Bodies Unbound: The Classical and Grotesque
April 10 - June 13, 2010
Herbert F. Johnson Museum, Cornell University
The essential mission of Bodies Unbound: The Classical and Grotesque has been to understand two distinct types of bodies—the “Classical” and “Grotesque”—and to open up the definitions of these bodies for broader interpretation. While the classical figure embodies the tradition of proportionality, containment, and idealization, the grotesque body is defined by protrusion, openness, and materiality. Polykleitos, the famous sculptor of Antiquity, provides a foundation for the characteristics of the classical body, suggesting that perfection and beauty emerge from clearly defined boundaries, order, balance, and the interdependence of parts to achieve a harmonious whole. Modern thinker and critic Mikhail Bakhtin has been equally fundamental to theorizing the grotesque, positing that a grotesque body must expand beyond its own natural limits to subvert typically conceived norms. Both of these frameworks, however, necessitate distortion of the human form, and as a result, the same manipulated body can be read as both classical and grotesque.
This overlap manifests itself throughout Bodies Unbound.
For example, the bodies meant to represent an “ideal”—in Martha Rosler’s Bowl of Fruit, Goltzius’s Neptune, and Barbie—exhibit exaggerated and distorted parts, which join to form an unnatural body. The construction of these bodies requires them to exceed beyond their natural state and in this way become grotesque; that is, in an effort to render a “perfect” model (Classical), these bodies ultimately display an impossible mixture of parts (Grotesque). The exhibition highlights a number of other themes that similarly blur boundaries: images of isolation and the crowd explore the physical limits of the body in relation to space; anthropomorphism points to the similarities and differences between human and animal bodies; objectification and spectacle comment on the material nature of the body; portraiture explores methods and types of representation; and fragmented body parts and extremities question the idea of a unified body. The exhibition has been arranged within the gallery in loose thematic groups to allow for new and unexpected connections to surface as well.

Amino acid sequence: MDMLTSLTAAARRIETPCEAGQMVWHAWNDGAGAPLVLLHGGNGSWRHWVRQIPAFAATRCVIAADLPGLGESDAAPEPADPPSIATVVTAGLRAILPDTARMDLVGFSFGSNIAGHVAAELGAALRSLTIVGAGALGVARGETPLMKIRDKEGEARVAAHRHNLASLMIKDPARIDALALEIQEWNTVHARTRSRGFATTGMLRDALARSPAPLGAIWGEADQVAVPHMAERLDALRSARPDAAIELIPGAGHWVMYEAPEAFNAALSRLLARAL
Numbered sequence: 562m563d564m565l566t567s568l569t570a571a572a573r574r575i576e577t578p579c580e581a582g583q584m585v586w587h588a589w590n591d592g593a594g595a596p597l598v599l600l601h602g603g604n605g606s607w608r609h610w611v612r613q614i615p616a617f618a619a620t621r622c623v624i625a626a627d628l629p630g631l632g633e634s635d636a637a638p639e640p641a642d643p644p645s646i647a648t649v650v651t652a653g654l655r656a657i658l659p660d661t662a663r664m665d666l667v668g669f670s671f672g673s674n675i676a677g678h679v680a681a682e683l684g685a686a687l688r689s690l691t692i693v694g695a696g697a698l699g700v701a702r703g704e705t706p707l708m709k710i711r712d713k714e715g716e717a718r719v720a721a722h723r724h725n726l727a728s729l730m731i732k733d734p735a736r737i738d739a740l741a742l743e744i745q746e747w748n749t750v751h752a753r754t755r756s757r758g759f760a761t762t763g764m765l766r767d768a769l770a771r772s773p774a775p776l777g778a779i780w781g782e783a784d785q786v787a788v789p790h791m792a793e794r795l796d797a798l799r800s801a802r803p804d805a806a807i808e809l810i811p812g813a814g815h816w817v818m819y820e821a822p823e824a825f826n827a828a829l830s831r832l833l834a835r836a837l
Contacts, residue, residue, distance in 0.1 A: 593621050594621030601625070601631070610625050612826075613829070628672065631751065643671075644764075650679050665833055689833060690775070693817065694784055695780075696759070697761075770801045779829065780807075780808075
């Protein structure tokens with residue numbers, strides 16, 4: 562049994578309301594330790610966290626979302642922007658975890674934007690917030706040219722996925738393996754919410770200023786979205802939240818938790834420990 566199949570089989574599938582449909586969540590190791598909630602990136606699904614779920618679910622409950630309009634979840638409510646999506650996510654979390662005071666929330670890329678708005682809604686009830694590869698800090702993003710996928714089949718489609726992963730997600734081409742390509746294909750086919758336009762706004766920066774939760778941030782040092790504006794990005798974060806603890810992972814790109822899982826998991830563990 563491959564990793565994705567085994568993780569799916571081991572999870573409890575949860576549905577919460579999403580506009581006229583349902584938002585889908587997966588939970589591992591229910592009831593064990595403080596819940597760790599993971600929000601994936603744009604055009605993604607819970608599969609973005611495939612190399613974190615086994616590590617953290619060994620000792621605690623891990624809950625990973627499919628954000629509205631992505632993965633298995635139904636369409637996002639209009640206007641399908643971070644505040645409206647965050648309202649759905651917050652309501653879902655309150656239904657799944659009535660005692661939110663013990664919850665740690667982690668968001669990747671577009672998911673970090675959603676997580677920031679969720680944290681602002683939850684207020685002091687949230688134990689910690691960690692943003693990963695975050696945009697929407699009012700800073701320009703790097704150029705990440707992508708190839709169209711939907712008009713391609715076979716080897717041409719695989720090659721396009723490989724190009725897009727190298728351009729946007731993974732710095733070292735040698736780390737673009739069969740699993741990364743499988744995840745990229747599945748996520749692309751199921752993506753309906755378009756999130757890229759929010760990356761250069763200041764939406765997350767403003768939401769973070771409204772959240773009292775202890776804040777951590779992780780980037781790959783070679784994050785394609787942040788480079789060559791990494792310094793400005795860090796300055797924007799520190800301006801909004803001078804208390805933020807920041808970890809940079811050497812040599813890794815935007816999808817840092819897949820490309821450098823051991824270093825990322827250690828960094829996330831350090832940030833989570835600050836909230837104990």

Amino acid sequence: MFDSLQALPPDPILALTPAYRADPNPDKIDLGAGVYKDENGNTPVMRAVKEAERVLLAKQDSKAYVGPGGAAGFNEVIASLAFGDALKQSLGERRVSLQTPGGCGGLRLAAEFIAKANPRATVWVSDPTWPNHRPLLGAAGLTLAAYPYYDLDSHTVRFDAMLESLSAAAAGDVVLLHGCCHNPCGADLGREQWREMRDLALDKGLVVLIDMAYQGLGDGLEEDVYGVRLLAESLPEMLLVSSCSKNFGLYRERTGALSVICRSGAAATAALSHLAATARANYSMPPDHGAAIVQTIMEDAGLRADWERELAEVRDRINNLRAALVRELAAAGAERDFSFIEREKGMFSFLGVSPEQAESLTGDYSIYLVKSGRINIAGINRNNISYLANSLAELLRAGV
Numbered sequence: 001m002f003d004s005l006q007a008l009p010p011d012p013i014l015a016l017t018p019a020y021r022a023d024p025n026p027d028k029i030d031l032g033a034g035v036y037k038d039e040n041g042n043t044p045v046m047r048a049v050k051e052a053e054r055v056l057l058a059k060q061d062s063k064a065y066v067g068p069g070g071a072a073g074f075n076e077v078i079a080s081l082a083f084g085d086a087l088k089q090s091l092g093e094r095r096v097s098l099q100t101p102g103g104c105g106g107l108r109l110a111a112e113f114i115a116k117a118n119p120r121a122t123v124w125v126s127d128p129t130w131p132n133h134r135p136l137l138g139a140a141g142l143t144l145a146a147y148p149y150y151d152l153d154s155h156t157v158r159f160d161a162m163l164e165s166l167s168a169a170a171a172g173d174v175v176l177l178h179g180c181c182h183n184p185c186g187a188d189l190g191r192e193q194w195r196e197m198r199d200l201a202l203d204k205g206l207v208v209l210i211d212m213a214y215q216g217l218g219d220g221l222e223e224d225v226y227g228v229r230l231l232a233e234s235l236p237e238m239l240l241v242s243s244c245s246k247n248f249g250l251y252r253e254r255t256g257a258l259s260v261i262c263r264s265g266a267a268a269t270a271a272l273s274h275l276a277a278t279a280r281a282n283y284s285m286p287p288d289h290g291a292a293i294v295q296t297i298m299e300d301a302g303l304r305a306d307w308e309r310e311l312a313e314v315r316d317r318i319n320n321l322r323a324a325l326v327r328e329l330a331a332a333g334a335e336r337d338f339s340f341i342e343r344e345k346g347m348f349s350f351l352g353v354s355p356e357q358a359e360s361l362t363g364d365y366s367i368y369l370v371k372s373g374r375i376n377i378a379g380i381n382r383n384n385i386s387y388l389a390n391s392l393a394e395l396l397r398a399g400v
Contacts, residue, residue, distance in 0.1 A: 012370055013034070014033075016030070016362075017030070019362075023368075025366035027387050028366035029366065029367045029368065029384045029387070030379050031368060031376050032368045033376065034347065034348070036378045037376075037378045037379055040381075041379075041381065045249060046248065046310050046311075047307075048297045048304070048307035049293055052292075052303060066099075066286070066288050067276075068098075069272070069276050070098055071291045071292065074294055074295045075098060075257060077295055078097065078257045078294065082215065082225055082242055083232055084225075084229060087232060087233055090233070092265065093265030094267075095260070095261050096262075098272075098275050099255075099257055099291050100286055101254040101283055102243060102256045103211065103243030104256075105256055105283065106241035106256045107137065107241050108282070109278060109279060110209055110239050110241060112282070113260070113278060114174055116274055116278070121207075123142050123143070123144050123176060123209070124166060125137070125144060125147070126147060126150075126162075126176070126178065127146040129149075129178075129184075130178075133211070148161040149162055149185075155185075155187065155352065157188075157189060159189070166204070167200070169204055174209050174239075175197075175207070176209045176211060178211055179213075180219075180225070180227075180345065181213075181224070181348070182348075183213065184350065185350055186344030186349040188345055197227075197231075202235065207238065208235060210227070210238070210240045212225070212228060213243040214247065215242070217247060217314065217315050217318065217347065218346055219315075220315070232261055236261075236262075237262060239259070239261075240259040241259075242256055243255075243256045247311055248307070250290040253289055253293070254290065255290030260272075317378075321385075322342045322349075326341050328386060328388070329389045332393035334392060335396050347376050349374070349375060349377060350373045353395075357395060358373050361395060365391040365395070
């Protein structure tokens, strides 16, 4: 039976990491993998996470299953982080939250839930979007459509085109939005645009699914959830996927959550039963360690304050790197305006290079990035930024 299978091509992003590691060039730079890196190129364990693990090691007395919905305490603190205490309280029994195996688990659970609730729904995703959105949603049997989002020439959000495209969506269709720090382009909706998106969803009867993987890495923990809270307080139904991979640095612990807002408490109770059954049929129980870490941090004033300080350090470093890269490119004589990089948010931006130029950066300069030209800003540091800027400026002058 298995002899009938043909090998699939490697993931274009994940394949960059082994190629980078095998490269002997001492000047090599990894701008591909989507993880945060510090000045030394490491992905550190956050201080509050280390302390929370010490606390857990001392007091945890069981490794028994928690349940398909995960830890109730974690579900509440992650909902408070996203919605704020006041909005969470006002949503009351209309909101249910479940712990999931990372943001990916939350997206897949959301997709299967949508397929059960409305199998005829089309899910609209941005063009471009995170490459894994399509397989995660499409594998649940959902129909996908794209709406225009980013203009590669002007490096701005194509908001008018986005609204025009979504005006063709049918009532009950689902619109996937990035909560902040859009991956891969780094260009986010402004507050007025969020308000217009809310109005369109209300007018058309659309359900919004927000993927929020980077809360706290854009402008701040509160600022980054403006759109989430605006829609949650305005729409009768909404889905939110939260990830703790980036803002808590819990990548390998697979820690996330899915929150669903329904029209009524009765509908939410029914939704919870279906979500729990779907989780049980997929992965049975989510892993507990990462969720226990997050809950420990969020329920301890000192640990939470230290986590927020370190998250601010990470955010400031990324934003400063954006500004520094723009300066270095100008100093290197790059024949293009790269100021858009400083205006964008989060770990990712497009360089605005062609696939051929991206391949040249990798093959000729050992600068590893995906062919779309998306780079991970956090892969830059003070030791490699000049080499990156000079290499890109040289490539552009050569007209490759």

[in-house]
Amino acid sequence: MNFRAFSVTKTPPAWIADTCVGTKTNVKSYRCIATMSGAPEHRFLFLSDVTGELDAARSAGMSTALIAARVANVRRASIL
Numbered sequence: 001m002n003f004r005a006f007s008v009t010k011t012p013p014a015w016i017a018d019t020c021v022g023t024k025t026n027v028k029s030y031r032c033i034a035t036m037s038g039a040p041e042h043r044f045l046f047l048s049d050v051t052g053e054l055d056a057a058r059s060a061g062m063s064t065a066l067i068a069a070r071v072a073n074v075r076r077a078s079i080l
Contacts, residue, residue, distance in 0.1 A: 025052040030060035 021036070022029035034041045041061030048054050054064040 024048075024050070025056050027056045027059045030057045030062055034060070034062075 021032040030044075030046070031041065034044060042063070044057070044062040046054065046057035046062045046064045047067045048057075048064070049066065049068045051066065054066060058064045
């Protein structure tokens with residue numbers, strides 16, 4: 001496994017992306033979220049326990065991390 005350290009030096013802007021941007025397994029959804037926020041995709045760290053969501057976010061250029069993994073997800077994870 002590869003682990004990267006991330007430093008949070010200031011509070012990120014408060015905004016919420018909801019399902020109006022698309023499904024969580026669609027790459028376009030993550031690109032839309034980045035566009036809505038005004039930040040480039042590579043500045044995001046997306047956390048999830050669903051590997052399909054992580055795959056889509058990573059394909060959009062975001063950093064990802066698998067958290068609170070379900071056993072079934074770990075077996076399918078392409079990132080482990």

It is our hope that these themes, in conjunction with the range of artworks on view, will provide a broad foundation for the visitor’s own contemplation. Ultimately, we are not concerned with writing a new and definitive definition of either “Classical” or “Grotesque”; rather, we aim to highlight the myriad threads that relate to these terms, and to open up a discussion concerning the endless ideas that they conjure. Just as the body can be ordered, disordered, arranged, and rearranged, so, too, can the definitions of the body.
In the end, this show urges its visitors to question how they perceive, understand, and react to the body. We also invite viewers to consider the characteristics that define a body: What makes a body recognizable or unfamiliar; ugly or beautiful; strange or understandable; classical or grotesque? Why do artists choose to manipulate the human body? How can we unbind definitions of the body, and what do we gain by unbinding the physical body itself?